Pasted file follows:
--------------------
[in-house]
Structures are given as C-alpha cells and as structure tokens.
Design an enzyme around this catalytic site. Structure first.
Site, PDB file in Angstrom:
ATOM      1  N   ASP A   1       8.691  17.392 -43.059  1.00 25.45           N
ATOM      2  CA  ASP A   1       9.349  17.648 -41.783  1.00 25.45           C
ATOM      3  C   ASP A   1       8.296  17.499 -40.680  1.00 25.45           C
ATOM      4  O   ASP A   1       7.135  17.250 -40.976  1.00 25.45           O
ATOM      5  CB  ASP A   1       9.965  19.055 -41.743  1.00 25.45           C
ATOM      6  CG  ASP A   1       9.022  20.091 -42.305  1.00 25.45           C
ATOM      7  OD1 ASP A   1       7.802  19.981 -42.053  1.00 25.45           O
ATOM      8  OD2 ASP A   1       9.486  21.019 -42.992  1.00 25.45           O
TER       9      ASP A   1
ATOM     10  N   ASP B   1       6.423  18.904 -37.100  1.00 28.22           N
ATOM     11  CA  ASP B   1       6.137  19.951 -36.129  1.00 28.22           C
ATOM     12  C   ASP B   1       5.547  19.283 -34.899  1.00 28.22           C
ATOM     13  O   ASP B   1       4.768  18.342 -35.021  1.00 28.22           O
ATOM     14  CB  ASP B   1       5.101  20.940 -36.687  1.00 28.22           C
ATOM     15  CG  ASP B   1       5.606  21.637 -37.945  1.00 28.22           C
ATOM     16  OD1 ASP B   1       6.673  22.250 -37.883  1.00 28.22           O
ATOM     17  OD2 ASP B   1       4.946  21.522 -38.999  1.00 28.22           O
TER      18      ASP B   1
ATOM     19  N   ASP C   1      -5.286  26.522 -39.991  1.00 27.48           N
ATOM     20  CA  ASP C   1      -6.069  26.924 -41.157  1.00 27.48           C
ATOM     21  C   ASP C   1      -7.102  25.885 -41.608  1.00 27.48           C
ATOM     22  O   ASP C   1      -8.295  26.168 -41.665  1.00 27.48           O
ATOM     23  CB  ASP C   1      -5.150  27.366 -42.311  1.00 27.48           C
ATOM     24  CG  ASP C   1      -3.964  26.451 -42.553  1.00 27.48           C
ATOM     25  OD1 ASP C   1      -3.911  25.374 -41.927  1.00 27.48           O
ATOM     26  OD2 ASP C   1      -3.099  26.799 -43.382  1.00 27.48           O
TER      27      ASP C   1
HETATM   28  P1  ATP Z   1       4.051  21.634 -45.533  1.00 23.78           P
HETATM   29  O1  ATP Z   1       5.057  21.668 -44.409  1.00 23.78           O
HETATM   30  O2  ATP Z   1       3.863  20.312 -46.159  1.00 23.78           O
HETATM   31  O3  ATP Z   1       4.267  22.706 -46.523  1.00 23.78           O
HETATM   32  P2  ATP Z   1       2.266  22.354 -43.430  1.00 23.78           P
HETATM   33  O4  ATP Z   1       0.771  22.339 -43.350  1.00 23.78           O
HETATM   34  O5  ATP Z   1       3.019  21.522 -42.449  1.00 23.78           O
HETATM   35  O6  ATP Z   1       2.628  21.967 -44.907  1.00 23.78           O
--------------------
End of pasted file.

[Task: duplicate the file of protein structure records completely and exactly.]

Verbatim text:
[in-house]
Structures are given as C-alpha cells and as structure tokens.
Design an enzyme around this catalytic site. Structure first.
Site, PDB file in Angstrom:
ATOM      1  N   ASP A   1       8.691  17.392 -43.059  1.00 25.45           N
ATOM      2  CA  ASP A   1       9.349  17.648 -41.783  1.00 25.45           C
ATOM      3  C   ASP A   1       8.296  17.499 -40.680  1.00 25.45           C
ATOM      4  O   ASP A   1       7.135  17.250 -40.976  1.00 25.45           O
ATOM      5  CB  ASP A   1       9.965  19.055 -41.743  1.00 25.45           C
ATOM      6  CG  ASP A   1       9.022  20.091 -42.305  1.00 25.45           C
ATOM      7  OD1 ASP A   1       7.802  19.981 -42.053  1.00 25.45           O
ATOM      8  OD2 ASP A   1       9.486  21.019 -42.992  1.00 25.45           O
TER       9      ASP A   1
ATOM     10  N   ASP B   1       6.423  18.904 -37.100  1.00 28.22           N
ATOM     11  CA  ASP B   1       6.137  19.951 -36.129  1.00 28.22           C
ATOM     12  C   ASP B   1       5.547  19.283 -34.899  1.00 28.22           C
ATOM     13  O   ASP B   1       4.768  18.342 -35.021  1.00 28.22           O
ATOM     14  CB  ASP B   1       5.101  20.940 -36.687  1.00 28.22           C
ATOM     15  CG  ASP B   1       5.606  21.637 -37.945  1.00 28.22           C
ATOM     16  OD1 ASP B   1       6.673  22.250 -37.883  1.00 28.22           O
ATOM     17  OD2 ASP B   1       4.946  21.522 -38.999  1.00 28.22           O
TER      18      ASP B   1
ATOM     19  N   ASP C   1      -5.286  26.522 -39.991  1.00 27.48           N
ATOM     20  CA  ASP C   1      -6.069  26.924 -41.157  1.00 27.48           C
ATOM     21  C   ASP C   1      -7.102  25.885 -41.608  1.00 27.48           C
ATOM     22  O   ASP C   1      -8.295  26.168 -41.665  1.00 27.48           O
ATOM     23  CB  ASP C   1      -5.150  27.366 -42.311  1.00 27.48           C
ATOM     24  CG  ASP C   1      -3.964  26.451 -42.553  1.00 27.48           C
ATOM     25  OD1 ASP C   1      -3.911  25.374 -41.927  1.00 27.48           O
ATOM     26  OD2 ASP C   1      -3.099  26.799 -43.382  1.00 27.48           O
TER      27      ASP C   1
HETATM   28  P1  ATP Z   1       4.051  21.634 -45.533  1.00 23.78           P
HETATM   29  O1  ATP Z   1       5.057  21.668 -44.409  1.00 23.78           O
HETATM   30  O2  ATP Z   1       3.863  20.312 -46.159  1.00 23.78           O
HETATM   31  O3  ATP Z   1       4.267  22.706 -46.523  1.00 23.78           O
HETATM   32  P2  ATP Z   1       2.266  22.354 -43.430  1.00 23.78           P
HETATM   33  O4  ATP Z   1       0.771  22.339 -43.350  1.00 23.78           O
HETATM   34  O5  ATP Z   1       3.019  21.522 -42.449  1.00 23.78           O
HETATM   35  O6  ATP Z   1       2.628  21.967 -44.907  1.00 23.78           O